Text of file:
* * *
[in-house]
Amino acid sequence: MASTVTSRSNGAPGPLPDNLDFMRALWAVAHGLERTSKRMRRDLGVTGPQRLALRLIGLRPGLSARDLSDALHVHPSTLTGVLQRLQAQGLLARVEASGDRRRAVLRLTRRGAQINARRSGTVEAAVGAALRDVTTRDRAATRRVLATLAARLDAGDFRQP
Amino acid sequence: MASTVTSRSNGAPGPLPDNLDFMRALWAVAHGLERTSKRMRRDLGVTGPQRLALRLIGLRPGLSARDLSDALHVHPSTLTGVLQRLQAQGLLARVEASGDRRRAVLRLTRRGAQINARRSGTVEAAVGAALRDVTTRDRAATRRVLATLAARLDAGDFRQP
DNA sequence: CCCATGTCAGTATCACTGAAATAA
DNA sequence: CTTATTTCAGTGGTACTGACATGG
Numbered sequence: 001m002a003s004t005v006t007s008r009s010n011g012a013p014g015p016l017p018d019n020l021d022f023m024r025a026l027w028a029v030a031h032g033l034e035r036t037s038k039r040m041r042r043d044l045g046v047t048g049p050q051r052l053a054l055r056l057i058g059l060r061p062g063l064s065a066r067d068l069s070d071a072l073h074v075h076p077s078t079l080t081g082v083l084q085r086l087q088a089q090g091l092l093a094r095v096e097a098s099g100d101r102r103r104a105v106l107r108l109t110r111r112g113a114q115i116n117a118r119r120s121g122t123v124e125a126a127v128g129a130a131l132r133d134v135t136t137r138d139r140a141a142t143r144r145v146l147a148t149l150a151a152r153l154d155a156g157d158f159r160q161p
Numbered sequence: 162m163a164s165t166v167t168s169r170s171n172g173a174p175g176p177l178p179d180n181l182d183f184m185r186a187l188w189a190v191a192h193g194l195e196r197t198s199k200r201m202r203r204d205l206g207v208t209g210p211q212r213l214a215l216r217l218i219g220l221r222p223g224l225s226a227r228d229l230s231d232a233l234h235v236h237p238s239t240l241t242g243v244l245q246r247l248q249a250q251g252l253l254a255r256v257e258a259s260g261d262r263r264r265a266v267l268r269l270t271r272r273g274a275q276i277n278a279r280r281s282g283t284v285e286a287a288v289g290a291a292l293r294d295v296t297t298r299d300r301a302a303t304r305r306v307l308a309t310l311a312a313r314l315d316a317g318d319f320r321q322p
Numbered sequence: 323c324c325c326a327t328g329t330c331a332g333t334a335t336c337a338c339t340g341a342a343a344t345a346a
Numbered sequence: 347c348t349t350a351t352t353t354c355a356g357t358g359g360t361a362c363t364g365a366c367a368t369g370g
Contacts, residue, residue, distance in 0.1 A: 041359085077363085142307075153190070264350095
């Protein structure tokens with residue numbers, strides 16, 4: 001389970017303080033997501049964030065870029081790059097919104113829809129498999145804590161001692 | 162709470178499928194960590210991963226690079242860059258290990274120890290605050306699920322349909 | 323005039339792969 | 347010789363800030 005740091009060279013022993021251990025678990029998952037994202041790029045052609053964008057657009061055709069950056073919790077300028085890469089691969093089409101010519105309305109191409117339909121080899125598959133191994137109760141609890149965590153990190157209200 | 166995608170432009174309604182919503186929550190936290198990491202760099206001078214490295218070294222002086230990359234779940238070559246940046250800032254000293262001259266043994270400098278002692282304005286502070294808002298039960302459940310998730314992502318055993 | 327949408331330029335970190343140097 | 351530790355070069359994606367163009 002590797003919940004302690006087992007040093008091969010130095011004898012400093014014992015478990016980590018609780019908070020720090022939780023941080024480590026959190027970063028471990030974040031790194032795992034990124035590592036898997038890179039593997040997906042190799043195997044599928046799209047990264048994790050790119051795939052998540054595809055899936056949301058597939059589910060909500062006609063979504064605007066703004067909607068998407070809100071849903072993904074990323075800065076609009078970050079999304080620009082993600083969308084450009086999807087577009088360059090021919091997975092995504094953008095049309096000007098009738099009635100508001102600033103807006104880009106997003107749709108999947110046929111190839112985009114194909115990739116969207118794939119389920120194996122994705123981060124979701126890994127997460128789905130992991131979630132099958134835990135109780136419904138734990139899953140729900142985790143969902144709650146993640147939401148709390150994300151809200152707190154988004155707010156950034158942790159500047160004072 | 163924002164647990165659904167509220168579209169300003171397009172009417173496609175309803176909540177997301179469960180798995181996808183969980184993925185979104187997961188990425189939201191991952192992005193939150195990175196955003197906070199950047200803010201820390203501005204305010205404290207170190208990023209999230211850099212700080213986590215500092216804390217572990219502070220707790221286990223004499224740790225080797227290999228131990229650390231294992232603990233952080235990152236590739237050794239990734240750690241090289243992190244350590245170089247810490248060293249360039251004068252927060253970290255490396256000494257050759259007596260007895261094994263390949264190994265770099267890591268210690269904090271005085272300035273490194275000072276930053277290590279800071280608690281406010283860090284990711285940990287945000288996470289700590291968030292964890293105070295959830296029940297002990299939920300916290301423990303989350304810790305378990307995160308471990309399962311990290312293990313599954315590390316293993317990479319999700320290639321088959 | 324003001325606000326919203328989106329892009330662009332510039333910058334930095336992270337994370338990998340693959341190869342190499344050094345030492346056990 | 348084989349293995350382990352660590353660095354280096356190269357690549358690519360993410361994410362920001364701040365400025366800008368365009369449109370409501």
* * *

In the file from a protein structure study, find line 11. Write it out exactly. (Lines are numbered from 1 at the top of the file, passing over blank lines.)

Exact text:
């Protein structure tokens with residue numbers, strides 16, 4: 001389970017303080033997501049964030065870029081790059097919104113829809129498999145804590161001692 | 162709470178499928194960590210991963226690079242860059258290990274120890290605050306699920322349909 | 323005039339792969 | 347010789363800030 005740091009060279013022993021251990025678990029998952037994202041790029045052609053964008057657009061055709069950056073919790077300028085890469089691969093089409101010519105309305109191409117339909121080899125598959133191994137109760141609890149965590153990190157209200 | 166995608170432009174309604182919503186929550190936290198990491202760099206001078214490295218070294222002086230990359234779940238070559246940046250800032254000293262001259266043994270400098278002692282304005286502070294808002298039960302459940310998730314992502318055993 | 327949408331330029335970190343140097 | 351530790355070069359994606367163009 002590797003919940004302690006087992007040093008091969010130095011004898012400093014014992015478990016980590018609780019908070020720090022939780023941080024480590026959190027970063028471990030974040031790194032795992034990124035590592036898997038890179039593997040997906042190799043195997044599928046799209047990264048994790050790119051795939052998540054595809055899936056949301058597939059589910060909500062006609063979504064605007066703004067909607068998407070809100071849903072993904074990323075800065076609009078970050079999304080620009082993600083969308084450009086999807087577009088360059090021919091997975092995504094953008095049309096000007098009738099009635100508001102600033103807006104880009106997003107749709108999947110046929111190839112985009114194909115990739116969207118794939119389920120194996122994705123981060124979701126890994127997460128789905130992991131979630132099958134835990135109780136419904138734990139899953140729900142985790143969902144709650146993640147939401148709390150994300151809200152707190154988004155707010156950034158942790159500047160004072 | 163924002164647990165659904167509220168579209169300003171397009172009417173496609175309803176909540177997301179469960180798995181996808183969980184993925185979104187997961188990425189939201191991952192992005193939150195990175196955003197906070199950047200803010201820390203501005204305010205404290207170190208990023209999230211850099212700080213986590215500092216804390217572990219502070220707790221286990223004499224740790225080797227290999228131990229650390231294992232603990233952080235990152236590739237050794239990734240750690241090289243992190244350590245170089247810490248060293249360039251004068252927060253970290255490396256000494257050759259007596260007895261094994263390949264190994265770099267890591268210690269904090271005085272300035273490194275000072276930053277290590279800071280608690281406010283860090284990711285940990287945000288996470289700590291968030292964890293105070295959830296029940297002990299939920300916290301423990303989350304810790305378990307995160308471990309399962311990290312293990313599954315590390316293993317990479319999700320290639321088959 | 324003001325606000326919203328989106329892009330662009332510039333910058334930095336992270337994370338990998340693959341190869342190499344050094345030492346056990 | 348084989349293995350382990352660590353660095354280096356190269357690549358690519360993410361994410362920001364701040365400025366800008368365009369449109370409501």